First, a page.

The basics of diagnosing greenhouse floriculture problems

Whether you are a new or an experienced grower, having a formal diagnosis process to follow may help solve plant issues.

There is no one perfect way to diagnose plant problems in the greenhouse, but having some well-defined method may help. One such method is presented below (Table 1). The very first step in achieving a diagnosis is to define the problem by describing the abnormality and confirming it is indeed an abnormality. Occasionally a “plant problem” is presented to MSU’s plant diagnostic clinic (MSU Diagnostic Services) that turns out to be just how that new variety is supposed to look. For example, in Image 2, these salvia plants may look like they have a problem to some growers because of the white splotches all over the leaves. But this is a new variety that was bred to be variegated like this.

Table 1. A diagnostic process model.

Step

Description

Comments

1. Define Problem

Describe the problem

Is it truly a problem or supposed to look like that (a new variety)?

2. Look for patterns

 

Look for patterns in the plant community and on the plant itself. Are the patterns random (likely a biotic problem) or uniform (likely an abiotic problem)?

Biotic problems are caused by living organisms such as a pest/disease. Abiotic problems are caused by non-living sources such as environment, nutrition, chemicals, etc.

3. Gather information

           

 

Scout for insects/diseases. Examine plants closely, including underside of leafs and roots. Examine sticky cards nearby for evidence of flying insects.

Consider nutrition as a potential issue. What is the substrate pH and EC?

4. Diagnose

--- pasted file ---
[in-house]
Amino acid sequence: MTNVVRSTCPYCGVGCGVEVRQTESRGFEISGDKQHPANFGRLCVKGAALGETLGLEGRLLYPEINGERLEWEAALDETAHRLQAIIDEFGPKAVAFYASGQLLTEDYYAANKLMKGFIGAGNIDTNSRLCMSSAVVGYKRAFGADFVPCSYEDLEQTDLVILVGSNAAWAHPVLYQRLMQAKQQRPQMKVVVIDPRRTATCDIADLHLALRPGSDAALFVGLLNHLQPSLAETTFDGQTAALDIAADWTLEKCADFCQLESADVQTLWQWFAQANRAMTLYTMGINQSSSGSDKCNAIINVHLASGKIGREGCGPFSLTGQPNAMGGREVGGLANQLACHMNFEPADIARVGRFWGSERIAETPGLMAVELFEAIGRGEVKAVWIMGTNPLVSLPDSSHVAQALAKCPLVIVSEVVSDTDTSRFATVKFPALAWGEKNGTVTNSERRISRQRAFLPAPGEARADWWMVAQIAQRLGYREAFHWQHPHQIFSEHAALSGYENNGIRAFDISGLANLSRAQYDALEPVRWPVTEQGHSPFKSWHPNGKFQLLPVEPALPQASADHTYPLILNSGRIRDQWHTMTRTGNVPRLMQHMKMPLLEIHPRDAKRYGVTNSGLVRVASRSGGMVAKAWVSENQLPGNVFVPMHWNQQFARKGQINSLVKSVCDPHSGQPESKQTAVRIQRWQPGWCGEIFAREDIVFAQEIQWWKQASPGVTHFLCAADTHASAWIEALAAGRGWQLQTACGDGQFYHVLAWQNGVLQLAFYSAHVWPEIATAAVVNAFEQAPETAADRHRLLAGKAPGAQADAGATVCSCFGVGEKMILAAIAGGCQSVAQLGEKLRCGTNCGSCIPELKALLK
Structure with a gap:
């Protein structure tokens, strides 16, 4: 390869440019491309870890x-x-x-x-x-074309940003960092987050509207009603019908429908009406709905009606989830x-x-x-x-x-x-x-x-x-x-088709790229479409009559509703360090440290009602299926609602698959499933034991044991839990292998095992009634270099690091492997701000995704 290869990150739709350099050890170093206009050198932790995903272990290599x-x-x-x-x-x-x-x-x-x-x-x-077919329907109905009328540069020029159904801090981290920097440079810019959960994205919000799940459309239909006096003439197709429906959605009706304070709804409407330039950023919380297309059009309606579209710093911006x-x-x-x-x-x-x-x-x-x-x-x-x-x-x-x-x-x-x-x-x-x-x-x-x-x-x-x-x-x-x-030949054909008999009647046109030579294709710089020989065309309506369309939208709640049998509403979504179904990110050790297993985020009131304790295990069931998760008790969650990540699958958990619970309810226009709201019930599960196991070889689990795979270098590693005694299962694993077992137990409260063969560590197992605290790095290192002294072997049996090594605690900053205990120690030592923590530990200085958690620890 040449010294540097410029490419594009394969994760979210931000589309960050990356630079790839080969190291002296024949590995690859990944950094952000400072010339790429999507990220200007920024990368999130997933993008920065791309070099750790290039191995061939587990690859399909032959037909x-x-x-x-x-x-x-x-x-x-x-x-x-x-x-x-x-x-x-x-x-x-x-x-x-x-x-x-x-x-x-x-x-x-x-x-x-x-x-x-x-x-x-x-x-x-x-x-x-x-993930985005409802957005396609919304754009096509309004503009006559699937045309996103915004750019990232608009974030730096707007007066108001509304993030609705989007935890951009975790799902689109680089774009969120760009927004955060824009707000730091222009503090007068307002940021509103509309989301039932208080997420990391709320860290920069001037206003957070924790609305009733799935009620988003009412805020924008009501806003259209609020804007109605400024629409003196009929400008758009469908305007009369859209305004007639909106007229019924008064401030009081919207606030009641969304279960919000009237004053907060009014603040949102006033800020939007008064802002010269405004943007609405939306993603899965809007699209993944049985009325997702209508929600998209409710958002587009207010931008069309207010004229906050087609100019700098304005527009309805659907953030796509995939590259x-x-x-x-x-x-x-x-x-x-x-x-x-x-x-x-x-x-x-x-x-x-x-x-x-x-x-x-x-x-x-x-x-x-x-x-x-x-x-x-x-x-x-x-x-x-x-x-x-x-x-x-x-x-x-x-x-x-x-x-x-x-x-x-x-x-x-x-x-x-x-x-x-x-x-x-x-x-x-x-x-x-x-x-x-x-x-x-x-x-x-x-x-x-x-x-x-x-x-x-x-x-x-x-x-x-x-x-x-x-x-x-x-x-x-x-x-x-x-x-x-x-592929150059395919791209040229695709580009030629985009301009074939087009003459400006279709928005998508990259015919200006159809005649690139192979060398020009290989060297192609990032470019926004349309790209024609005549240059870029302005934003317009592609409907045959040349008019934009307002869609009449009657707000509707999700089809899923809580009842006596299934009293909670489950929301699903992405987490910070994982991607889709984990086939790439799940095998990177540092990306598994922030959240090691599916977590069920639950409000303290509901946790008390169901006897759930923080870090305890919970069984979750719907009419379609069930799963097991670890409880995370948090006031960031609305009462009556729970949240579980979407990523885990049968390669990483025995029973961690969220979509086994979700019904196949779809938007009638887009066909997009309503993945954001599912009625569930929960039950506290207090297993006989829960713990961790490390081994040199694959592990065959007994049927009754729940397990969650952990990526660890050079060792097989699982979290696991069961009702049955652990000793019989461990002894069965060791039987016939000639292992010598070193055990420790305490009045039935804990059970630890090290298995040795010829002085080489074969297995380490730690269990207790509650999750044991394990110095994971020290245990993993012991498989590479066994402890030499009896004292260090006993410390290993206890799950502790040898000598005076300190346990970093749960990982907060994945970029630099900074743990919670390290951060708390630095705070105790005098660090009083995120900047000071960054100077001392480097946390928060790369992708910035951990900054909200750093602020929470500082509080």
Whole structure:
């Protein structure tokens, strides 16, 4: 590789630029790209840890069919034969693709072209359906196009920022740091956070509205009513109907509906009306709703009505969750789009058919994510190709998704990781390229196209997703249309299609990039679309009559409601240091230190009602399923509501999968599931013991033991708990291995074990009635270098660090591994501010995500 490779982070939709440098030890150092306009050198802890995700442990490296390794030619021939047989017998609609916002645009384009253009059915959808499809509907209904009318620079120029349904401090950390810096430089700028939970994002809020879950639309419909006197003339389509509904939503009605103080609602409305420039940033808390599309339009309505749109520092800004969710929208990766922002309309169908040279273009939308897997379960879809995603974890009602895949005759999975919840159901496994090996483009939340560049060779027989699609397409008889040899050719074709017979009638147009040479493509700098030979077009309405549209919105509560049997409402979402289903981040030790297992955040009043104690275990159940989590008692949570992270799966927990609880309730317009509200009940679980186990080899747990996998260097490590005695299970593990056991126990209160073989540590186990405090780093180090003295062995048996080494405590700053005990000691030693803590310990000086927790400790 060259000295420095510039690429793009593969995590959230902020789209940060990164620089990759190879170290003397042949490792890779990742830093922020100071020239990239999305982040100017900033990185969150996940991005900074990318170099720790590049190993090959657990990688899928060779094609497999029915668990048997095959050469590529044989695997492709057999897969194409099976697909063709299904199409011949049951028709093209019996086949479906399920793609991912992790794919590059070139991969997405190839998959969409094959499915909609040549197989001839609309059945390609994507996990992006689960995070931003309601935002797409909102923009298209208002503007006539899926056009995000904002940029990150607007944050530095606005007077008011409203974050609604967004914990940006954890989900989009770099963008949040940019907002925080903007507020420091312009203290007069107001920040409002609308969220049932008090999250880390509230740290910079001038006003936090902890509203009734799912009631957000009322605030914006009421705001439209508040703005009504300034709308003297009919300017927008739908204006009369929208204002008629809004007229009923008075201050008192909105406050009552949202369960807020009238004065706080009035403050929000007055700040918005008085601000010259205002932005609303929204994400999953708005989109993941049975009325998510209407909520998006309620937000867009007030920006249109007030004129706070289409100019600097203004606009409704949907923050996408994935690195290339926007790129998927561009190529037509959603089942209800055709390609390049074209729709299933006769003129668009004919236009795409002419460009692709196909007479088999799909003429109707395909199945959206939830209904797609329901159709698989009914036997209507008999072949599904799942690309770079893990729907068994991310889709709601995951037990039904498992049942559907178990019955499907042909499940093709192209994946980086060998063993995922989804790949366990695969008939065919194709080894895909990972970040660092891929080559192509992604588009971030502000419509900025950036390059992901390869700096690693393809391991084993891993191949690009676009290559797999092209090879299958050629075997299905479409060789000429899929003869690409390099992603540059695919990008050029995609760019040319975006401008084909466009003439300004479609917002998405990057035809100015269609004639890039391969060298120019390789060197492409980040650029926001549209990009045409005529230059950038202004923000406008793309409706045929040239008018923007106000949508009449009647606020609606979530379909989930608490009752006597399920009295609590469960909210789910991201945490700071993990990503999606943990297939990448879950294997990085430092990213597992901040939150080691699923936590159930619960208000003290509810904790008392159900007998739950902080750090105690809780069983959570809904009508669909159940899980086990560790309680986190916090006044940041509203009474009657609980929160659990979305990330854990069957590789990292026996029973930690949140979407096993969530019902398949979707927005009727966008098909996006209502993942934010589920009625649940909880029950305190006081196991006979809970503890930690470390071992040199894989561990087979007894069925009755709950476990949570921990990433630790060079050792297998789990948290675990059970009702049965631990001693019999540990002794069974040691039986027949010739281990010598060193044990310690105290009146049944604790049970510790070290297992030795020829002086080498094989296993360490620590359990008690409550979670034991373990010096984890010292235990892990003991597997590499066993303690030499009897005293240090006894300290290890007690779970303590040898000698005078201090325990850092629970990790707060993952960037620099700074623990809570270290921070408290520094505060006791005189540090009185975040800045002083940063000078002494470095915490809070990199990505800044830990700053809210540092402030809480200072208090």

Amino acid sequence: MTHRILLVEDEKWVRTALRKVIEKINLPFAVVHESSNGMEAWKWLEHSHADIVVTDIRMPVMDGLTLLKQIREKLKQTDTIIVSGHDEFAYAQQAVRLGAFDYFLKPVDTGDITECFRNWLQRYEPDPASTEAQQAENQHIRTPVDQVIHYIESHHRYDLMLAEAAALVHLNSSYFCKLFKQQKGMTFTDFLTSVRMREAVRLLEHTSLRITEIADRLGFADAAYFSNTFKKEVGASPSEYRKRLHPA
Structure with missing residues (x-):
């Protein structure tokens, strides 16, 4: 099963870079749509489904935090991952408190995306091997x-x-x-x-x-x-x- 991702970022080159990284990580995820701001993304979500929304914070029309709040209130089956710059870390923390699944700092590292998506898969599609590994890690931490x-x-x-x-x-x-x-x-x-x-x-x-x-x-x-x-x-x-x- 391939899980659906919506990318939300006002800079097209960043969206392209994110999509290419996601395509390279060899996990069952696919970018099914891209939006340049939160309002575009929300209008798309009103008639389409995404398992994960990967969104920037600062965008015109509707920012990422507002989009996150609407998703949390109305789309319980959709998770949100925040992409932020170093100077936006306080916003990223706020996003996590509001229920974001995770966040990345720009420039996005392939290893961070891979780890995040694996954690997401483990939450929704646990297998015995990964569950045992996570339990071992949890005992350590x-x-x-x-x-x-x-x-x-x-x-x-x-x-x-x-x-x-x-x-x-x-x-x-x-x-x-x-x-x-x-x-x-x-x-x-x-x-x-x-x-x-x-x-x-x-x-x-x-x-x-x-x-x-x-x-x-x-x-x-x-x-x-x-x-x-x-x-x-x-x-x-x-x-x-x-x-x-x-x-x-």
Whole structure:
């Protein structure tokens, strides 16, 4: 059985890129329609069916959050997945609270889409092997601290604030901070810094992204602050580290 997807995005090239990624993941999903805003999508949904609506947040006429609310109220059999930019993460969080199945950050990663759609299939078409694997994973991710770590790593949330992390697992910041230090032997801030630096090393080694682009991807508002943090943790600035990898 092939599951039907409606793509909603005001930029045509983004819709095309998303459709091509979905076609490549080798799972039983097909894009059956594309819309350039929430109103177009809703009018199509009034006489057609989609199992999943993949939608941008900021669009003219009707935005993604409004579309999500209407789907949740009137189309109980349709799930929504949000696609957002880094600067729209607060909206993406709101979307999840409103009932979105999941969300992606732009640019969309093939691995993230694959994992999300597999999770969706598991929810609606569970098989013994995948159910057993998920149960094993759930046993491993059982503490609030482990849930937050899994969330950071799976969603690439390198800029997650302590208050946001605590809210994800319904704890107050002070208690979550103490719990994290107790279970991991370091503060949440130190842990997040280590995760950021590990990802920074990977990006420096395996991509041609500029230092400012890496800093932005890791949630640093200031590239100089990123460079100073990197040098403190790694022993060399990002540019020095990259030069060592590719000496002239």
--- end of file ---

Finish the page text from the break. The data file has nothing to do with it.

Consult helps (extension, books, etc). Consider all the possibilities from sources and others experiences. Eliminate options that aren’t likely.

Prove or disprove your diagnosis via testing (tissue analysis, water analysis, or substrate nutrient analysis, etc.)

5. Take Action

             

           

Fix the problem based on previous experience, extension recommendations, book recommendations, etc.

Record what you did to fix it, so that you can make sure it worked and for your own future reference if the problem should occur again.

Variegated salvia that was bred to have white splotches on leaves that some may view as a plant abnormality if not aware of this new variety.
Image 2. Variegated salvia that was bred to have white
splotches on leaves that some may view as a plant
abnormality if not aware of this new variety.
Photo credit: Erik Runkle, Michigan State University.

The next step is to look for patterns both in the plant community itself (in the flat or on the bench or in the range) and on the plant itself. Problems with a random distribution are usually a biotic problem, caused by a living organism, such as insects or diseases. For instance, in Image 3A, a planting of vinca is shown where the chlorosis of certain plants is spotty across the community, which was caused by a biotic problem (Pythium).

.  Planting of vinca where the chlorosis of certain plants is spotty across the community, which was caused by a biotic problem (Pythium)
Image 3A. Planting of vinca where the chlorosis of certain
plants is spotty across the community, which was caused
by a biotic problem (Pythium). Photo credit: Erik Runkle, Michigan State University.

In Image 3B, a single geranium leaf exhibits no pattern of the necrotic spots on the leaf and was caused by a biotic problem – aphids.

Single geranium leaf with no pattern of the problem on the leaf, caused by a biotic problem (aphids).
Image 3B. Single geranium leaf with no pattern of the
problem on the leaf, caused by a biotic problem (aphids).
Photo credit: Kristin Getter, Michigan State University.

In contrast, a uniform pattern either within a community of plants or on an individual plant is usually an abiotic problem – a problem not caused by a living organism, such as nutrition, environment, temperature or water availability. For instance, in Image 3C, a poinsettia leaf has a fairly uniform spotting across this single leaf and the issue was caused by an abiotic problem – fungicide phytotoxicity. In Image 3D, a planting of impatiens was uniformly stunted across the bench, which was caused by an abiotic problem, an accidental fungicide overdose.